Although the historic election of the new Malawian president, Lazarus Chakwera, can be described as a victory for democracy in Africa, he still has to prove that he is worthy of office.
So says prof. Lesiba Teffo, a political analyst at Unisa’s Institute for African Renaissance Studies, after Chakwera was inaugurated on Sunday.
Pres. Cyril Ramaphosa, as chairman of the African Union (AU), had already praised Malawi in a statement on Sunday for the way in which the issue surrounding Chakwera was handled.
Although Peter Mutharika was re-elected president in May 2019, the country’s appeals court in February declared the results invalid because of fraud allegations.
Malawians returned to the polls in June and Chakwera, who formed a coalition with opposition parties, was able to unite almost 59% of the vote on him.
Teffo says in just one other African country, Kenya, the court has previously reversed the election results.
The BBC However, in Kenya’s case, the opposition could not prevail, which is why the recent Malawi election is an unprecedented event on the continent.
“Chakwera’s election confirmed the independence of Malawi’s election commission, as well as its courts. It is also a victory for democracy because too often political leaders in Africa remain clinging to it, ”says Teffo.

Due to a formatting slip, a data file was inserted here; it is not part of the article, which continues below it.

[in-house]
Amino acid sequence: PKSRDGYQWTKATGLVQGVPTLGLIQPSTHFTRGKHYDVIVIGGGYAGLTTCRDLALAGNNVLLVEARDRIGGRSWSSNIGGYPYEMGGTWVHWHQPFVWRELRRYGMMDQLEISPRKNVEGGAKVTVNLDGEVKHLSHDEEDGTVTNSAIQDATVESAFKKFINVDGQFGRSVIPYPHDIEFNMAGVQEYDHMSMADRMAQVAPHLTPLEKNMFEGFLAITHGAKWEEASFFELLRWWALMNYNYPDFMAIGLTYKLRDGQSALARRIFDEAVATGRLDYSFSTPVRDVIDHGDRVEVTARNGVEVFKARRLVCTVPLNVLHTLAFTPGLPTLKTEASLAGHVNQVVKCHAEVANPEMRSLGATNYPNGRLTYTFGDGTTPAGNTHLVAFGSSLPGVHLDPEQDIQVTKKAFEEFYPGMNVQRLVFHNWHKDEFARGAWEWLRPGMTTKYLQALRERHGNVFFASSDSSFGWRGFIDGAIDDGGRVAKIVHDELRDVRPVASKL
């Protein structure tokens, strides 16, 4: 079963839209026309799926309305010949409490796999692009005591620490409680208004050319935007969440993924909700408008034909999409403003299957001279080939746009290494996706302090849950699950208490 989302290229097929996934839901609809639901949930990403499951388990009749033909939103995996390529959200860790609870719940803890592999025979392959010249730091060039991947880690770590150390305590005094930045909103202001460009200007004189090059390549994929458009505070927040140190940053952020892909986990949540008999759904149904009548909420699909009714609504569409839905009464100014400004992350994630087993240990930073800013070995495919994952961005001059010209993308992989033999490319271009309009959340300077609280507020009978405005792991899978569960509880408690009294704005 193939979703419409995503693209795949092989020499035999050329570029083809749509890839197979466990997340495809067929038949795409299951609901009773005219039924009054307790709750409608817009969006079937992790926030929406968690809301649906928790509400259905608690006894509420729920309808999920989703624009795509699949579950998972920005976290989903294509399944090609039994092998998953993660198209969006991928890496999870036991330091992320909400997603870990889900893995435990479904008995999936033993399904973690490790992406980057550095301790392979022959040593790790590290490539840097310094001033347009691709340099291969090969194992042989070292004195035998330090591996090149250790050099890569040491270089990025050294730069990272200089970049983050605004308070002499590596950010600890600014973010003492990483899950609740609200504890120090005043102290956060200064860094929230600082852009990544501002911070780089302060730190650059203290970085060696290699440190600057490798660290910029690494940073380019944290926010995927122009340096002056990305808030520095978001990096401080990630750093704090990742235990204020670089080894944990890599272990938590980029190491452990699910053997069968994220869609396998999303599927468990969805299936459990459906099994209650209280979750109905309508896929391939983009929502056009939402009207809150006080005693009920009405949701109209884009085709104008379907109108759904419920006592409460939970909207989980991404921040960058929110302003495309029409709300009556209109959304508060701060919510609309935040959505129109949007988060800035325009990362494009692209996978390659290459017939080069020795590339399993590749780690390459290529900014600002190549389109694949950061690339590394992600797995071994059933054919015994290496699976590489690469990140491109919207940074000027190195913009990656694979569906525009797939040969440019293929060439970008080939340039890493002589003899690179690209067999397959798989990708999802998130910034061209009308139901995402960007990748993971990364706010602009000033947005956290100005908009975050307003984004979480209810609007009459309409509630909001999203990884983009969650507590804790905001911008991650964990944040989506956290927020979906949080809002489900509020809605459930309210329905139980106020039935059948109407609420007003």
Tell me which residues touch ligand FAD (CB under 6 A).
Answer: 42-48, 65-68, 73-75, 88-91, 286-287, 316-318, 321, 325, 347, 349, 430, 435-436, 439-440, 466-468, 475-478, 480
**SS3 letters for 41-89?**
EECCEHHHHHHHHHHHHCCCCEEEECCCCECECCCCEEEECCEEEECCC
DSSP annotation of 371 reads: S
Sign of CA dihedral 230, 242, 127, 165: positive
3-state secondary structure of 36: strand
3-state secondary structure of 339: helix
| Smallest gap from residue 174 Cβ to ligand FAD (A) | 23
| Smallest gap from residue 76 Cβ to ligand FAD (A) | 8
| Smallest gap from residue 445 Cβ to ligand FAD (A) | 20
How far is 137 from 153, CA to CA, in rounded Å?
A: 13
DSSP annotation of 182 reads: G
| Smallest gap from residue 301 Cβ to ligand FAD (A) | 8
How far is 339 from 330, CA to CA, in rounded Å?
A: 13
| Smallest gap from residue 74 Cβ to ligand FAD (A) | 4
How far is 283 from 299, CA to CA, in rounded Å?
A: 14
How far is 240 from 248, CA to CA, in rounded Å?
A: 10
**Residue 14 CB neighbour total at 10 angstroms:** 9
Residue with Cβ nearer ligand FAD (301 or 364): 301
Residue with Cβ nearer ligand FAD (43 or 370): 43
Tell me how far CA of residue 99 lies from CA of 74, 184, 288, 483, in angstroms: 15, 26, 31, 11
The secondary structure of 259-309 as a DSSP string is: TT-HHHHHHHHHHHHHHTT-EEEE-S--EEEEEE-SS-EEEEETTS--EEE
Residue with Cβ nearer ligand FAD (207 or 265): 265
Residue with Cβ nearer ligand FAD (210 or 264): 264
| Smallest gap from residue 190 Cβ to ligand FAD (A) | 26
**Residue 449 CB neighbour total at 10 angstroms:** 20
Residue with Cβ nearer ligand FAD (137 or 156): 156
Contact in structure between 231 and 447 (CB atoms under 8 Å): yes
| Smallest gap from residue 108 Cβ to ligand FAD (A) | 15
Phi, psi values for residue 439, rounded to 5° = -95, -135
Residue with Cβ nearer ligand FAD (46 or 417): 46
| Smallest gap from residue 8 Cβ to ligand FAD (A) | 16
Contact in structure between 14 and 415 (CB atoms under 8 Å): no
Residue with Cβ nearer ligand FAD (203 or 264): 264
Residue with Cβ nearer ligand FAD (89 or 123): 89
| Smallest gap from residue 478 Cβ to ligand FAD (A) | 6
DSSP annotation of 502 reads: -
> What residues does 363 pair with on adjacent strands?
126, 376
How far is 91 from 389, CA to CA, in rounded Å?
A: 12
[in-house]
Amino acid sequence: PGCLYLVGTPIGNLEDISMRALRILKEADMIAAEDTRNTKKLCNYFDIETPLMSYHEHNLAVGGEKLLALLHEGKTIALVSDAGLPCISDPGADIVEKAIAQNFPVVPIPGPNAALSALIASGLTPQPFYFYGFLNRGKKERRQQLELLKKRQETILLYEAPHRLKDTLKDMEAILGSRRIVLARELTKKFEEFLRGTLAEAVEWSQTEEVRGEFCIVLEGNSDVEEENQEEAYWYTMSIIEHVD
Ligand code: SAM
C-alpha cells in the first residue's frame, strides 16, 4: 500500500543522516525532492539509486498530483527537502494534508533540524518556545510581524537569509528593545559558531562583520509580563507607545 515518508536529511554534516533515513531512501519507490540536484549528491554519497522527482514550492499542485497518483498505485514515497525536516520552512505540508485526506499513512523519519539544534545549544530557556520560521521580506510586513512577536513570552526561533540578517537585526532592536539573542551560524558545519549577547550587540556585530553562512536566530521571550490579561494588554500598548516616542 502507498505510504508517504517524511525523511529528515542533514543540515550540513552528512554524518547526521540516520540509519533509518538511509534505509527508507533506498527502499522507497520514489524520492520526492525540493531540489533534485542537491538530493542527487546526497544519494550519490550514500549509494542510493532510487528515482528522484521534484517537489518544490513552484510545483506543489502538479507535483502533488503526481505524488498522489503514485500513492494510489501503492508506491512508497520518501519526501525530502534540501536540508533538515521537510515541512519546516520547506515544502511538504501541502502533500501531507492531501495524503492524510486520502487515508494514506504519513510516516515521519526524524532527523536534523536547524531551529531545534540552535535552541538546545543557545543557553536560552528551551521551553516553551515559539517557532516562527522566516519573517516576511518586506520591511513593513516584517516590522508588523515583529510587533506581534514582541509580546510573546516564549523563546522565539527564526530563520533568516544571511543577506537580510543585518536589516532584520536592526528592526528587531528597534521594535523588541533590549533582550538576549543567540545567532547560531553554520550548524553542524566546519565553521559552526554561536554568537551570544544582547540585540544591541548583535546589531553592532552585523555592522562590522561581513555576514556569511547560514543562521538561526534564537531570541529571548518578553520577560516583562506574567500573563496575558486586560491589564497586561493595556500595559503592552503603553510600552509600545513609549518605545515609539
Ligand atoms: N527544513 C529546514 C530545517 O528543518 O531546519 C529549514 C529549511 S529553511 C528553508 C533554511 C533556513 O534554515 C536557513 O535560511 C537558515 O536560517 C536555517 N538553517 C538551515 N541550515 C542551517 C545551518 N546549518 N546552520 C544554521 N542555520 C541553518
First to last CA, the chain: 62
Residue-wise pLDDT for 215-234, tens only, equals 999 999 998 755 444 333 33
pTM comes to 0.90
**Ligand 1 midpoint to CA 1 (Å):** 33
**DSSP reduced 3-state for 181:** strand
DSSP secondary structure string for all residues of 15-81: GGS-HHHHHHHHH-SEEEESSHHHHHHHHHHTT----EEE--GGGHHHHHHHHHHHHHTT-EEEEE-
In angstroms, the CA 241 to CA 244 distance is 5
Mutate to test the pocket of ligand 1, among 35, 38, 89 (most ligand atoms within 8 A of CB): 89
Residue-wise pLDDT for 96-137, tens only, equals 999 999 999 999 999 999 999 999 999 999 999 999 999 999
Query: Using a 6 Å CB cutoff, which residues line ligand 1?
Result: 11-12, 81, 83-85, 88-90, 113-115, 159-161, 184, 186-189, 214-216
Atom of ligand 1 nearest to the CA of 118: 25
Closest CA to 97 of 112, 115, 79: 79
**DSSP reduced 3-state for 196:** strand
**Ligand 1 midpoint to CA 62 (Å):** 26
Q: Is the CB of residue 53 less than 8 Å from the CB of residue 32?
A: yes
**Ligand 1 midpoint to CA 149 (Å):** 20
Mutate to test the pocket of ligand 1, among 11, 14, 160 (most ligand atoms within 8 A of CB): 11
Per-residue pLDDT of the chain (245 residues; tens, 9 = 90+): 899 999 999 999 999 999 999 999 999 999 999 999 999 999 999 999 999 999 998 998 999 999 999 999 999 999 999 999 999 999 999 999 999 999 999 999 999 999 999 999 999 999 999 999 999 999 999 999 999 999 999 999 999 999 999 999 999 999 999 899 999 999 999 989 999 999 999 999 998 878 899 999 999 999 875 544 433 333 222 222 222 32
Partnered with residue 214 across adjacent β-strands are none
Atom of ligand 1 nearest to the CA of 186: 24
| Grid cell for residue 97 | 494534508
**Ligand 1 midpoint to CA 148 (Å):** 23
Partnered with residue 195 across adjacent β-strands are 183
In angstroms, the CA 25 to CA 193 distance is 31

Teffo says because Chakwera, a former priest, has not been in politics for too long, he may be able to institute innovative policies.
“However, he still has to show if he is a president who will put the people first. Malawi, measured by other countries in its vicinity, is an average country with a fairly good education system. Chakwera’s challenge will be to use the few resources effectively to stimulate economic development, ”says Teffo.
Ramaphosa said in his statement that the AU wants to work more closely with Malawi in the future to promote economic development in the country.
Nyasa Times Meanwhile, Chakwera, who in his inaugural speech to run the country well, began to systematically appoint his cabinet members on Monday.